We traded a few more stories that night. She told me how she ended up at Cornell, how she met her future husband, Martin, there. When asked, I told her more about the rivalry between Mississippi State and the University of Mississippi (including the story of the 1907 football game, played in knee-deep mud and water at the Jackson fairgrounds, the result of torrential rains that Thanksgiving week). She laughed aloud when I told her that Mississippi Coach Frank Mason brought out whiskey-spiked coffee in the second half to warm up his players.
A Decades-Long Commitment to Reproductive Rights
In the decade since our meeting, I’ve had the opportunity to study some of Justice Ginsburg’s Supreme Court opinions and dissents. Of particular interest are those cases dealing with First Amendment law, like Burwell vs. Hobby Lobby, a 2014 decision that made it possible for for-profit companies, under the guise of religious freedom, to refuse to comply to the federal mandate to include birth control in their health-care plans.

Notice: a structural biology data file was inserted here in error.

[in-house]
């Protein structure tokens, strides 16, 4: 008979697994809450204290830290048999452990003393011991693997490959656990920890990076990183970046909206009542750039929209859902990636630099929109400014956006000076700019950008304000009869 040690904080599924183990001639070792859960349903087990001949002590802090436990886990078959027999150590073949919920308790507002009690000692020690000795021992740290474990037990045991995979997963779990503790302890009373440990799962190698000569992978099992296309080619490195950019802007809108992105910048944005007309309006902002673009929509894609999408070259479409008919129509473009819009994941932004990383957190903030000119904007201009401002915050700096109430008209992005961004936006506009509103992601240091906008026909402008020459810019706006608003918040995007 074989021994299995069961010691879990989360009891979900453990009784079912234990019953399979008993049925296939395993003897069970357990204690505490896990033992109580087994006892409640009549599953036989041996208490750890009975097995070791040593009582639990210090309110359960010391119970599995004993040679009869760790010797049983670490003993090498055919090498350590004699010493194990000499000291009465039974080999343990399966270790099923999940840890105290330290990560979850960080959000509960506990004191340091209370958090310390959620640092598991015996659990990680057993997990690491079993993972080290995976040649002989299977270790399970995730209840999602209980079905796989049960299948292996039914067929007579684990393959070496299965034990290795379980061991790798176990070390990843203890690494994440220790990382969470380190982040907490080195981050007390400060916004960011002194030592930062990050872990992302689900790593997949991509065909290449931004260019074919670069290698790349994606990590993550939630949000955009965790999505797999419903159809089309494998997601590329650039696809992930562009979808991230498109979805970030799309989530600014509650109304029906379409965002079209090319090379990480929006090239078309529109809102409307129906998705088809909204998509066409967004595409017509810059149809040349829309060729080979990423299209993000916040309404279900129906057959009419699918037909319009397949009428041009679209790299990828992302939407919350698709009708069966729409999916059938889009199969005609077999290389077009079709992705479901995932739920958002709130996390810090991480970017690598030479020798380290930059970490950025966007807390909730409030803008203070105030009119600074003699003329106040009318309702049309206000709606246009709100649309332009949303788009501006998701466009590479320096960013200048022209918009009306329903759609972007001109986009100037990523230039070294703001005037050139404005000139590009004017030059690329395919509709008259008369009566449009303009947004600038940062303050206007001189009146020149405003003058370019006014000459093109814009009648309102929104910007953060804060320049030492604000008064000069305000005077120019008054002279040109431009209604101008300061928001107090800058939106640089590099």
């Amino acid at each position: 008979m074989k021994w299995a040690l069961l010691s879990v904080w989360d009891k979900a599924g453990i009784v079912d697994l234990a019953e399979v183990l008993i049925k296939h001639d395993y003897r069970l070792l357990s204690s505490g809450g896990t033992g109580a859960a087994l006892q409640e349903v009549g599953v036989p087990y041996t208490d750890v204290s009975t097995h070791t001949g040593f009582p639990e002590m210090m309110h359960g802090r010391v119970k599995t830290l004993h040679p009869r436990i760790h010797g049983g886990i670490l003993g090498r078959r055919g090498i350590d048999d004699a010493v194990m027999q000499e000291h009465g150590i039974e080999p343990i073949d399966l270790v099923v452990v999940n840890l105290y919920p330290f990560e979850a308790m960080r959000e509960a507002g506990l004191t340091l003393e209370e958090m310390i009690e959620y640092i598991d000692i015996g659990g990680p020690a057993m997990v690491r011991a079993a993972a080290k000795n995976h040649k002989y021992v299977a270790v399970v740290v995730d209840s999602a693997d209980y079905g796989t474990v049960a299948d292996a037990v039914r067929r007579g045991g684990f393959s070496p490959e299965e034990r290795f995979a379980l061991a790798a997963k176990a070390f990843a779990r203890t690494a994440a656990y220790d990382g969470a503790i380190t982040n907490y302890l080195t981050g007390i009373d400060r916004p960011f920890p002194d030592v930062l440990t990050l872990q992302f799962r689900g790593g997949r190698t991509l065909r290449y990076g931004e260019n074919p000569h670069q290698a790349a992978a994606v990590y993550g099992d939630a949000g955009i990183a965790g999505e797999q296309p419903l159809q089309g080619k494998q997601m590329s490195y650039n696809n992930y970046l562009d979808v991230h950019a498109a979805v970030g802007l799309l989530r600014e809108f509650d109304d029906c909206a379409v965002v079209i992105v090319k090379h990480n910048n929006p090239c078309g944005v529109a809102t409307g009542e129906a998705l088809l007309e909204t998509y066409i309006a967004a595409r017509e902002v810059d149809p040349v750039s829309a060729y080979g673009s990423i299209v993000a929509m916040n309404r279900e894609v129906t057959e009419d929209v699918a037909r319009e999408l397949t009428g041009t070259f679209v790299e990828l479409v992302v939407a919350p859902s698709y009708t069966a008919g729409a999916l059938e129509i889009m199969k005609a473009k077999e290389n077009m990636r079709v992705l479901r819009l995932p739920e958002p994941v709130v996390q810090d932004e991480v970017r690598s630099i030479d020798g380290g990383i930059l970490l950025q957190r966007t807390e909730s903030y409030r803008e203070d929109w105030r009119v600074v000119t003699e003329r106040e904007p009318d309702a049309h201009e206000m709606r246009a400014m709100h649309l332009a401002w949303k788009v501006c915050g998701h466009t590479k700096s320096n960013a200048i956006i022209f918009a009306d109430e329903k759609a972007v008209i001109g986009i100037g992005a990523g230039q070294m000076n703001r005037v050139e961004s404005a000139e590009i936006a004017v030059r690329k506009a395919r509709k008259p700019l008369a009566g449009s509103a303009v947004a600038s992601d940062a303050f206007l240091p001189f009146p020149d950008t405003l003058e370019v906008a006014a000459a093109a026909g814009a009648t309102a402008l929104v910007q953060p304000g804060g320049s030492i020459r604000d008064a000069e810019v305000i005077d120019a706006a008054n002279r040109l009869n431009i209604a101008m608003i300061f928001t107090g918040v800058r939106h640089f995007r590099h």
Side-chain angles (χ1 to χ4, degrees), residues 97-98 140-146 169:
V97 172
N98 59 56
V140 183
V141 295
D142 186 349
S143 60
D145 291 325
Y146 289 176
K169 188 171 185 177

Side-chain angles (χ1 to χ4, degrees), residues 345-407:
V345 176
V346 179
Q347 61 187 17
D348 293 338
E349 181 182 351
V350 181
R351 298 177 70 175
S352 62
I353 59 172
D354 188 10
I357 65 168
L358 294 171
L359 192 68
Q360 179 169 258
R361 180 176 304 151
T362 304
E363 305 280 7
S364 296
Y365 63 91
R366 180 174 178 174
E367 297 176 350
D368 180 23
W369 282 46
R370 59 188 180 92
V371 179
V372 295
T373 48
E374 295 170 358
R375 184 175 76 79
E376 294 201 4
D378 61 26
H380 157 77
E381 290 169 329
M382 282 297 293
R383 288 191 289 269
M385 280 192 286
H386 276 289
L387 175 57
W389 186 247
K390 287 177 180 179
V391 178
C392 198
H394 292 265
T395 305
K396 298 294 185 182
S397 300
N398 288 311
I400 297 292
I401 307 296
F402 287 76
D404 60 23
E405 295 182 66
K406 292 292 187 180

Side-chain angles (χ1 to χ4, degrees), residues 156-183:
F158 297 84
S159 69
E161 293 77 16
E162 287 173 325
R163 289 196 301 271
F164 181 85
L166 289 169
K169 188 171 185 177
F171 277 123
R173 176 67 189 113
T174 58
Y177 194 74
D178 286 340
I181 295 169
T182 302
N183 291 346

Ginsburg’s 35-page scathing dissent of the 5-4 decision, which she partially read from the bench, revealed a decades-long study of the First Amendment’s Establishment Clause and a decades-long commitment to the reproductive rights of the American woman.
“Until today, religious exemptions had never been extended to any entity operating in ‘the commercial, profit-making world,’” she said. “The reason why is hardly obscure. Religious organizations exist to foster the interests of persons subscribing to the same religious faith. Not so of for-profit corporations.”
Like many Americans, I’m grateful for Ginsburg’s lifelong service to the judiciary and her commitment to gender equality and women’s reproductive rights. At the same time, I’m concerned about what her death could mean for the future of the Supreme Court: Will Senate Majority Leader Mitch McConnell try to confirm Justice Ginsburg’s replacement before January 2021, although he blocked confirmation of federal Judge Merrick Garland, whom President Barack Obama nominated his final year in office to replace Supreme Court Justice Antonin Scalia, who passed away one month earlier?
Much will be said now about Ginsburg’s legacy to the American judiciary and her work as a champion for gender equality and reproductive rights. None of that was lost on me that night in Washington, D.C. I just thought better of bringing it up. No one wants to talk shop at a nice dinner party.